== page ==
Welcome to St. Gianna Women's Homes

We assist women and their families fleeing domestic violence or who are being coerced into having an abortion. Each family is provided a safe and secure environment to deal with the trauma caused by the abuse, become self-sufficient and learn to develop healthy relationships in the future.

  • Who is St. Gianna?
    Who is St. Gianna?

    St. Gianna Beretta Molla was a modern-day physician and mother who sacrificed her life to save her unborn baby. In 1961, Gianna and her husband Pietro were expecting their fourth child. During her fourth pregnancy, Gianna developed a fibrous tumor on her uterus. Wanting to save the life of her unborn baby at all costs, she chose a more risky procedure, the removal of the fibroma. After the operation, complications continued throughout her pregnancy. Gianna was quite clear about her wishes, expressing to her family, “This time it will be a difficult delivery, and they may have to save one or the other -- I want them to save my baby.” On April 21, 1962, Good Friday of that year, Gianna went to the hospital, where her fourth child, Gianna Emanuela, was successfully delivered via Caesarean section. However, Gianna continued to have severe pain, and died of septic peritonitis one week after the birth. Gianna was beatified by Pope John Paul II on April 24, 1994, and canonized as a saint on May 16, 2004. Her husband Pietro and their last child, Gianna, were present at the canonization ceremony. She is the patron saint of mothers and families.

Our Impact

  • Women Helped Last Year

    35

  • Children Helped Last Year

    44

  • Nights of Housing Last Year

    17992

  • Babies Saved From Abortion Since Opening

    34

4 Reasons Why You Should Pay Your Employees to Volunteer

Many people want a chance to give back to their community, but between managing a family and a career, it can be almost impossible to find the time. Several businesses are now changing that by offering their employees opportunities to volunteer. According to the Society for Human Resource Management, more than 20% of the companies it surveys offer paid volunteering time, a number that is growing rapidly.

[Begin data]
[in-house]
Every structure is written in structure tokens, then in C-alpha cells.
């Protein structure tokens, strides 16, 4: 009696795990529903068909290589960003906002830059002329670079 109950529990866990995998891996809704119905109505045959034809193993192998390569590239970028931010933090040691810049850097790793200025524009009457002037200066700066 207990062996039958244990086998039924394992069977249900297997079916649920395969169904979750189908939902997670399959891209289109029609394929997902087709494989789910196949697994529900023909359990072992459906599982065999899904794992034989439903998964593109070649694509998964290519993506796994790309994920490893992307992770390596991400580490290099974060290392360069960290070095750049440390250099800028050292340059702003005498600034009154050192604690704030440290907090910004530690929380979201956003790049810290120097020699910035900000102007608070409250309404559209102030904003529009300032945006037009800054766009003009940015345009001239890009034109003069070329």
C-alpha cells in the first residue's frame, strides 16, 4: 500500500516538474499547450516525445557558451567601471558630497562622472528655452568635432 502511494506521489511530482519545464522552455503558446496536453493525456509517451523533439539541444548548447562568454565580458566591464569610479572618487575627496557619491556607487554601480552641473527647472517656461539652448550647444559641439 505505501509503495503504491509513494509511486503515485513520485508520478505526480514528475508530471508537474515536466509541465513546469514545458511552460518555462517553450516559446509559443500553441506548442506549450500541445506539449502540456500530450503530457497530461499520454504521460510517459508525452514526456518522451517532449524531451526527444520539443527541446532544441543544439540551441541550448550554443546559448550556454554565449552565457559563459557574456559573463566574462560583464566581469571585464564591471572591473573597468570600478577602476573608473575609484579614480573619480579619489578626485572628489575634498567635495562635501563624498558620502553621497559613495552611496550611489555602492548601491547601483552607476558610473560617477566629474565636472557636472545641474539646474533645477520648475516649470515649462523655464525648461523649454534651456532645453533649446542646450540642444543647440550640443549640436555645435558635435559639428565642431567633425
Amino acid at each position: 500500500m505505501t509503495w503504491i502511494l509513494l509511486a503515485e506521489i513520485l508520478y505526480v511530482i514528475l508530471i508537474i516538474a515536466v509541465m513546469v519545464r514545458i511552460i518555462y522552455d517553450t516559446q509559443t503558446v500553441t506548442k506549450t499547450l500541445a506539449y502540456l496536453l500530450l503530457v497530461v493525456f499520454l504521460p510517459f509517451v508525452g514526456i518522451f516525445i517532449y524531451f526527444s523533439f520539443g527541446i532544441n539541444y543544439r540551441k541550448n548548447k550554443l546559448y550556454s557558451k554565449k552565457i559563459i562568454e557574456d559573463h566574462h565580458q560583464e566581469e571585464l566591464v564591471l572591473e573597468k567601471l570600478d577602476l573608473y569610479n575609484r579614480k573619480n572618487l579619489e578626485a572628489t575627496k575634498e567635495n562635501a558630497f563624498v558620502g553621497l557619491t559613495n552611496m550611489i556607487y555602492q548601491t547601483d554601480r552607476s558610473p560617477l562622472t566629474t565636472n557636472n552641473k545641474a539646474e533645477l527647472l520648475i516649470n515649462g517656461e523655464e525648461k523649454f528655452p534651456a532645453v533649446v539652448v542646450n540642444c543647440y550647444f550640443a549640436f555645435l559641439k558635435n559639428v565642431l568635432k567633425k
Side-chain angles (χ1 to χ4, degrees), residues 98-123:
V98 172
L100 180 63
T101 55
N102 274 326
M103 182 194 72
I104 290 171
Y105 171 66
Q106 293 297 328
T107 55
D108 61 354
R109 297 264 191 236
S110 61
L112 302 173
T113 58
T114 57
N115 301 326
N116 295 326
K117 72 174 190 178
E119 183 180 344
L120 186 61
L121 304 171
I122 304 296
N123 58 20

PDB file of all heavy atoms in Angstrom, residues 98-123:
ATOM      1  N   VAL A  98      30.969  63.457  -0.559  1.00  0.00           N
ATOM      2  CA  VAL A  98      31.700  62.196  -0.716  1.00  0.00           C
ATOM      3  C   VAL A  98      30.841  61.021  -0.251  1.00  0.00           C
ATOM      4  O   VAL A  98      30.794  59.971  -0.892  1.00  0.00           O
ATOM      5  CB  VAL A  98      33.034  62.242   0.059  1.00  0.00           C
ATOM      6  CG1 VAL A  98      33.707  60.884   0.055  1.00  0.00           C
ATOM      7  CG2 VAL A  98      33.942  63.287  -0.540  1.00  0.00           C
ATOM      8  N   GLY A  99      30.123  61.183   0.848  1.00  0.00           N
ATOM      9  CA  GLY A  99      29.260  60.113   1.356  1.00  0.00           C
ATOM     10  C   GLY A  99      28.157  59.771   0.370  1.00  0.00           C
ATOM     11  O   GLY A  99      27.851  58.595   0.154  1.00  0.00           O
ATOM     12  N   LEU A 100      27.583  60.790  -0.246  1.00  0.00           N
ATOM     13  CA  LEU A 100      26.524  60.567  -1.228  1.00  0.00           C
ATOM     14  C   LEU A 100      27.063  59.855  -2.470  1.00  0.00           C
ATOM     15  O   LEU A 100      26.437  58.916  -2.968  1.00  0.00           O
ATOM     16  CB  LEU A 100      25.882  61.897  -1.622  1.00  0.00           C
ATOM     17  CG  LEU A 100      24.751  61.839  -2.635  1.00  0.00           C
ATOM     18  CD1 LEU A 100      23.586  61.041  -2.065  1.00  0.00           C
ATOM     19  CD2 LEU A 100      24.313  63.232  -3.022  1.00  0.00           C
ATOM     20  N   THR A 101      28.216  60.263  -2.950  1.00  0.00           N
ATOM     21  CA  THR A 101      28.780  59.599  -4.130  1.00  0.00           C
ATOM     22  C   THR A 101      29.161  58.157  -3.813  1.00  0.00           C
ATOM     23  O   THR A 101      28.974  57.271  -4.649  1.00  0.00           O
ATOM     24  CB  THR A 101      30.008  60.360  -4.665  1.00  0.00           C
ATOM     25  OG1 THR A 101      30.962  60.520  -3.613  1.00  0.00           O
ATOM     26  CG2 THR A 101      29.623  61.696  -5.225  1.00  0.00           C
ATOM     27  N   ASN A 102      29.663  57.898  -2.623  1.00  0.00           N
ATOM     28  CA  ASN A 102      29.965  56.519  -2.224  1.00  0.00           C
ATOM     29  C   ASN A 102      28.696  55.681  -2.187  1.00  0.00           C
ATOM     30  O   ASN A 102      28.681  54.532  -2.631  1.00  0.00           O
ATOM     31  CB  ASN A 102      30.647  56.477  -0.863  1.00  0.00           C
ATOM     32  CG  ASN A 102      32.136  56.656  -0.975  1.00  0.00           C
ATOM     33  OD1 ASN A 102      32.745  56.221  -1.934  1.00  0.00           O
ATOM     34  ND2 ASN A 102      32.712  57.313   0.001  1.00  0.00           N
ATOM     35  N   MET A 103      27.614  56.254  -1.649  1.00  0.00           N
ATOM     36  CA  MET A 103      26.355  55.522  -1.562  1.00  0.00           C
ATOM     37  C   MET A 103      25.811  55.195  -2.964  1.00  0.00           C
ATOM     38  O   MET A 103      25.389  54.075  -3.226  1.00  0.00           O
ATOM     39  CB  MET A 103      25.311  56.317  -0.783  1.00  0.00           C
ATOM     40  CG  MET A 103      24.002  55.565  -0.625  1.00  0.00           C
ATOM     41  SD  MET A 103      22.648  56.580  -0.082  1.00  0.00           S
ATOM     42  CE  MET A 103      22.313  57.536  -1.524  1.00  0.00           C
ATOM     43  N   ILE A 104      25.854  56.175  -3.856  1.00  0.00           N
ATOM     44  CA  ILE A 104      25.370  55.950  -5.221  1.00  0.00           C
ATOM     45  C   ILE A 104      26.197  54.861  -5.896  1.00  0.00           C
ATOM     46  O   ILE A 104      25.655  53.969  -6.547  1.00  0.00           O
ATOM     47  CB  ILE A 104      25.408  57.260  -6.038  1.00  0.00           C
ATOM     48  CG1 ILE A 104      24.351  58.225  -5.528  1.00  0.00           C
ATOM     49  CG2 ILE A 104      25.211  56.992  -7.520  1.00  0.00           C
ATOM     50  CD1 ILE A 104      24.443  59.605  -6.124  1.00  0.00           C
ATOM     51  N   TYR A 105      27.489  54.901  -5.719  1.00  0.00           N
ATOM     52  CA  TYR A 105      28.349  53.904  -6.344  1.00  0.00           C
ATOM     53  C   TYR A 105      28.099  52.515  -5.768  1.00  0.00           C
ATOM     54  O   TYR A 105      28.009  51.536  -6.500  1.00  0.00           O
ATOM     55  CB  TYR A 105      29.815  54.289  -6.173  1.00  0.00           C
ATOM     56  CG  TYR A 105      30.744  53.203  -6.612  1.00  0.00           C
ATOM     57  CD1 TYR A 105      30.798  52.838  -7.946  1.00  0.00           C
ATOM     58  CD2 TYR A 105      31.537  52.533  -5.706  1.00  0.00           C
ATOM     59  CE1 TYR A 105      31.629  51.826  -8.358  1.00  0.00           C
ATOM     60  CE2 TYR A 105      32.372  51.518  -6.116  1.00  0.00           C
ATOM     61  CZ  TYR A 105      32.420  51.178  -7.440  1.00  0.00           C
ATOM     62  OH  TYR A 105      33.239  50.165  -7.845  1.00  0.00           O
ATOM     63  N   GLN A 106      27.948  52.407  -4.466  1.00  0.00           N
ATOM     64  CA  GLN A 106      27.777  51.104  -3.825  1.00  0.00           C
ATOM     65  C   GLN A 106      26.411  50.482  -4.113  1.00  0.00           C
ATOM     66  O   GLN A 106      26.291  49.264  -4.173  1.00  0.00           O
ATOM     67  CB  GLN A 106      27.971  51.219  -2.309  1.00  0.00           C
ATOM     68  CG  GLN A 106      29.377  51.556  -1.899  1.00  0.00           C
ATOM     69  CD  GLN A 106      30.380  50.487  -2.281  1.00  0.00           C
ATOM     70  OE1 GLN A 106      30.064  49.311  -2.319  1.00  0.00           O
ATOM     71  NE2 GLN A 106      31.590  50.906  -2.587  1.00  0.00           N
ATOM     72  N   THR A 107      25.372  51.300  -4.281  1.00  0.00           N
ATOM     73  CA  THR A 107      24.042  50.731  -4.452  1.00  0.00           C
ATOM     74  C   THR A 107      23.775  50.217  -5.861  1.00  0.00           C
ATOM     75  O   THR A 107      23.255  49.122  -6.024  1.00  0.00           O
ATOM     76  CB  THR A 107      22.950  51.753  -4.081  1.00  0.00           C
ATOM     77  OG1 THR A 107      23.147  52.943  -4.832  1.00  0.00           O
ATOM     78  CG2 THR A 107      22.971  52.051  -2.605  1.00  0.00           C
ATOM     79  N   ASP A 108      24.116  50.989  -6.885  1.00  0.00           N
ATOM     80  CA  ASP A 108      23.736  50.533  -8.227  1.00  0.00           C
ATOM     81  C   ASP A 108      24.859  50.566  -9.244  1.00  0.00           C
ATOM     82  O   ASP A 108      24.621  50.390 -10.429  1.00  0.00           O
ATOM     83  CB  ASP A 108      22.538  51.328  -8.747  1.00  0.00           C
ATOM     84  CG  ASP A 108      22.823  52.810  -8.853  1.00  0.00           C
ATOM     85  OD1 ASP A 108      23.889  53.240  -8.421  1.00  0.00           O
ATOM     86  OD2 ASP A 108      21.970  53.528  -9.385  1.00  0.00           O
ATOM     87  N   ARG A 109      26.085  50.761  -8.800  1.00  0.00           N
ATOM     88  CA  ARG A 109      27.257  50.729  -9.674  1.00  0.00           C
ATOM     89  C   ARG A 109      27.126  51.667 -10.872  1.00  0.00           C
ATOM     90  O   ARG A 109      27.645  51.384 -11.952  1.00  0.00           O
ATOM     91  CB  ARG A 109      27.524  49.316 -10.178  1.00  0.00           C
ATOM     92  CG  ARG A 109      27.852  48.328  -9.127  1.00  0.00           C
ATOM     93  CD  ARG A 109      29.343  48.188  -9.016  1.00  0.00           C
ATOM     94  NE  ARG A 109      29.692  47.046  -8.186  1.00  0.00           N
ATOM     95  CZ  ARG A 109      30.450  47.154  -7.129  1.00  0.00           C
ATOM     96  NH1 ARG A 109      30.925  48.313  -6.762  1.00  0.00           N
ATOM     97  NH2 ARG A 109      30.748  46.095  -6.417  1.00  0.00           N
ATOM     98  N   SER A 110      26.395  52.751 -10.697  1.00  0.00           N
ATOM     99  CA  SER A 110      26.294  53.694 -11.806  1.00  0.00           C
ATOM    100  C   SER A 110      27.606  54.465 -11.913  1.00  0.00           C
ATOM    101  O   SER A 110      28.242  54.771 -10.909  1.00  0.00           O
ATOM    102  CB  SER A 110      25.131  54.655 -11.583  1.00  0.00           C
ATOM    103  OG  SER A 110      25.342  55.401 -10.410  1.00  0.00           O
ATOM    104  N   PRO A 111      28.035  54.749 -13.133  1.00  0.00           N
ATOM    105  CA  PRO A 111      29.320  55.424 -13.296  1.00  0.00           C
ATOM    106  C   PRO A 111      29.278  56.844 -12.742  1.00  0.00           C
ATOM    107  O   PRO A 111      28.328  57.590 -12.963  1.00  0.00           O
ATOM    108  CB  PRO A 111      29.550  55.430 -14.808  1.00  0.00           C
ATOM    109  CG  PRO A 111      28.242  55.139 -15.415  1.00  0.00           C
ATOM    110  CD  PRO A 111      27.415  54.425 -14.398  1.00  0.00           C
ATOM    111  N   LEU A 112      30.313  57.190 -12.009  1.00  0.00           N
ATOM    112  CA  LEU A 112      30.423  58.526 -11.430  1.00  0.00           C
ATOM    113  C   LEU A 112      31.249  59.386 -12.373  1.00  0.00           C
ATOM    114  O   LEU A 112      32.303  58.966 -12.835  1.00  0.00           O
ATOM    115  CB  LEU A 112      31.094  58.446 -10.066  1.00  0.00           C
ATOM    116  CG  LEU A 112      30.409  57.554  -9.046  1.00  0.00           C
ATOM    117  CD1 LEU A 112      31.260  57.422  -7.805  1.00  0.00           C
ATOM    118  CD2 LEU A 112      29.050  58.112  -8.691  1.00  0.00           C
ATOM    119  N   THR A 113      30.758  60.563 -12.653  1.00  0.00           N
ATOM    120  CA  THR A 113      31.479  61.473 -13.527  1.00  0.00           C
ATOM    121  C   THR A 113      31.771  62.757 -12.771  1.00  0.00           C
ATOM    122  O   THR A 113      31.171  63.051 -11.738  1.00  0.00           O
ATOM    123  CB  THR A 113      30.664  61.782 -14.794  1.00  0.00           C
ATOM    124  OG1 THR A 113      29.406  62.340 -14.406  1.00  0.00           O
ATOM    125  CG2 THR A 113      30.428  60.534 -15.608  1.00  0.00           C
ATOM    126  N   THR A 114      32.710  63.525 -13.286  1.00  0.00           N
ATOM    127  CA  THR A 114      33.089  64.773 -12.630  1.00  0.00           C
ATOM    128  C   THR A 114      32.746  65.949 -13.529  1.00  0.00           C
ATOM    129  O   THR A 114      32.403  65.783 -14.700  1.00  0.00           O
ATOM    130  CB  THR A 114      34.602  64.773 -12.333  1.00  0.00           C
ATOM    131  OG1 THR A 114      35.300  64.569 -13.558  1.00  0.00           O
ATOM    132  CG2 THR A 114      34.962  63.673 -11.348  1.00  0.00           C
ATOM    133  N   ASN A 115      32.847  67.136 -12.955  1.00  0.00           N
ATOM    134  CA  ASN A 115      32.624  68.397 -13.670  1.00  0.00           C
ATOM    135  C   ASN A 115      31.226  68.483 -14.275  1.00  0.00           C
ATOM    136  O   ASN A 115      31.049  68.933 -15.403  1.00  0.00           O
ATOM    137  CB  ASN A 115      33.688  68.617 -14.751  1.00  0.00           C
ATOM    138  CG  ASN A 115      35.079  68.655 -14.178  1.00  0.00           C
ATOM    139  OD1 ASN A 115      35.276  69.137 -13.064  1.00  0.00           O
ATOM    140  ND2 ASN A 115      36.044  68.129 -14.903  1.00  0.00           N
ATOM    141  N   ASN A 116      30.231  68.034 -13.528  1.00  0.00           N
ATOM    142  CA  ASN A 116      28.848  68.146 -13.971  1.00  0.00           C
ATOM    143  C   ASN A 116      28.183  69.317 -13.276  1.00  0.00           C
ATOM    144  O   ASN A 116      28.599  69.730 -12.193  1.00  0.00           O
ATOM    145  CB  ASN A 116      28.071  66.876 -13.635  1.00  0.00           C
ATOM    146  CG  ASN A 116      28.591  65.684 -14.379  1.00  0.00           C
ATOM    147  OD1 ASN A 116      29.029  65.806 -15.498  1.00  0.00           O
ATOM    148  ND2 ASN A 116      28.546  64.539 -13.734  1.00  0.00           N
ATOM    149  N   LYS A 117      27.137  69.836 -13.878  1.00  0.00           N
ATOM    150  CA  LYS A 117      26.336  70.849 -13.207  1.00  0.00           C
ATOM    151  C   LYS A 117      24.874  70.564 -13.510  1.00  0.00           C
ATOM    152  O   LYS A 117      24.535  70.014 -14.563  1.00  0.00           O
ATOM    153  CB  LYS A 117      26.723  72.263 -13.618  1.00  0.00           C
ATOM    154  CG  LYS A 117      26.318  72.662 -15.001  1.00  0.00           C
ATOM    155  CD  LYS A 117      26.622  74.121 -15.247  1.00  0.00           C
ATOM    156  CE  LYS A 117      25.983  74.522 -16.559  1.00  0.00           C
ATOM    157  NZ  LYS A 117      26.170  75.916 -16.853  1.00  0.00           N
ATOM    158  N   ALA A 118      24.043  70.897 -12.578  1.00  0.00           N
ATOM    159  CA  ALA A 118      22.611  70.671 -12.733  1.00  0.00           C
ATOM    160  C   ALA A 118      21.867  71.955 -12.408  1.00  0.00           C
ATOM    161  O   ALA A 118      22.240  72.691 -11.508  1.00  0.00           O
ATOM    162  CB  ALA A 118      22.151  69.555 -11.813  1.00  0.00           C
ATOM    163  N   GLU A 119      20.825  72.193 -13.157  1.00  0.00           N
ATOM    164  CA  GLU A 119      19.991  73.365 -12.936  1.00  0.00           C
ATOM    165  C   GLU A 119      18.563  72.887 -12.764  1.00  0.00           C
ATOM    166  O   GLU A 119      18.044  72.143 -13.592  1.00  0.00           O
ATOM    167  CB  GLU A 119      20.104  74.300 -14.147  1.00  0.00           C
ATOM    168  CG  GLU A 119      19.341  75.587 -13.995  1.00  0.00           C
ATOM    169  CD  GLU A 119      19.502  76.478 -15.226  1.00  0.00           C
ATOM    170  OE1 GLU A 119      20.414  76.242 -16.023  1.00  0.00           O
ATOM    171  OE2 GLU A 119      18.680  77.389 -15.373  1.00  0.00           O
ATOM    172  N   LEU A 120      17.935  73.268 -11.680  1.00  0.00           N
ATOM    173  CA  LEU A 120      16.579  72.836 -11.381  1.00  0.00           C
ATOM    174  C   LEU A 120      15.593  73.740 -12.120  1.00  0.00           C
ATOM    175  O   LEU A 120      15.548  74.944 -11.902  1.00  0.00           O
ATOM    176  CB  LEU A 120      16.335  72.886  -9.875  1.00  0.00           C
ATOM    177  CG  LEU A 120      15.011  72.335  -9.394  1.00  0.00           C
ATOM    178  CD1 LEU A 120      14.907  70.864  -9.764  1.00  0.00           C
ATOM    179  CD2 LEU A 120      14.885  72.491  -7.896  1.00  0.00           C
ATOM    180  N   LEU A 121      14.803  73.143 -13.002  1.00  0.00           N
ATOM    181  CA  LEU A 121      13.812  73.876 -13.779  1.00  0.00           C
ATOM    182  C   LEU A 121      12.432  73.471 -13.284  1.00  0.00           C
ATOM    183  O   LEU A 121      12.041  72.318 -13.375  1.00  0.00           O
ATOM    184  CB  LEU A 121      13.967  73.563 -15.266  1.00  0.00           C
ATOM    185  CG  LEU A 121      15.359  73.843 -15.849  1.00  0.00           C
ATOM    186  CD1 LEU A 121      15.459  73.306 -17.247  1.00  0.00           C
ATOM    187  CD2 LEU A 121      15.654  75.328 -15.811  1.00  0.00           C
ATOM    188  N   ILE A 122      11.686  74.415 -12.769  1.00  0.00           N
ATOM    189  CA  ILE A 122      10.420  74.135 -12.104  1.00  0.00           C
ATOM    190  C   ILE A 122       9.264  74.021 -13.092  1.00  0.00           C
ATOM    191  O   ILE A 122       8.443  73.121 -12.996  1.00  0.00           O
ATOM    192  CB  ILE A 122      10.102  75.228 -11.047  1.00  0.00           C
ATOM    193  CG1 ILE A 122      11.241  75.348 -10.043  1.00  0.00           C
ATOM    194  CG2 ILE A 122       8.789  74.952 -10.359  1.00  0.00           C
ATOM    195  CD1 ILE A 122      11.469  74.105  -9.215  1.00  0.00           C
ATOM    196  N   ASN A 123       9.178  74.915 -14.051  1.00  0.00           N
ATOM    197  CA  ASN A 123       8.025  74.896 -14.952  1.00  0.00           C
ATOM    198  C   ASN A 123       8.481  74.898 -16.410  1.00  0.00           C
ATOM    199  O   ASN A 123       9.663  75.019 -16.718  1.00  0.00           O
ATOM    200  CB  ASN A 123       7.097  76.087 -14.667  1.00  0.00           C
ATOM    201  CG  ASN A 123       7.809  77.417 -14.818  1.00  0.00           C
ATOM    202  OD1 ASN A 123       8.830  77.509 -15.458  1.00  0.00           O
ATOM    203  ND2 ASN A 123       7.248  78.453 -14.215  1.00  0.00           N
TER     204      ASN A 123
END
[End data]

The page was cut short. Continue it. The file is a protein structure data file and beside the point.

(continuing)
The ways in which companies do this varies greatly. Some offer a certain amount of days for paid volunteering, some will compensate for a specific number of hours and others even offer a month-long sabbatical at a charitable organization of the employee’s choice. No matter which approach is used, these programs have proven to have incredible benefits:

They foster a compassionate company culture.
When employees have the chance to team up and have a positive impact on the community, it fosters teamwork and camaraderie.

They attract young and talented employees.
Young professionals have a deep desire to give back. Offering a paid volunteering program sets businesses apart and makes them incredibly appealing to this demographic of innovative and socially responsible individuals.

They make employees happier.
Having the chance to dedicate time to a cause that they feel is important is a huge morale booster for employees, particularly when they don’t have to worry about missing out on work or pay. It can even benefit them professionally if they choose to donate their time and expertise to an organization in need of their specific skills. This leads to higher employee engagement and retention.

They give companies a chance to give back, even if they aren’t social ventures.
Social ventures are wonderful, but not every company is or can be one. Corporate volunteerism programs allow businesses to have an incredibly positive impact on their communities without entirely restructuring their business model.

  • Area Catholic choirs will perform Advent and Christmas songs of the season in the beautiful setting of St. Thomas Aquinas Church (the Newman Center) on the campus of UNL. Visit our calendar of event page for more information and to print out a ticket order form.

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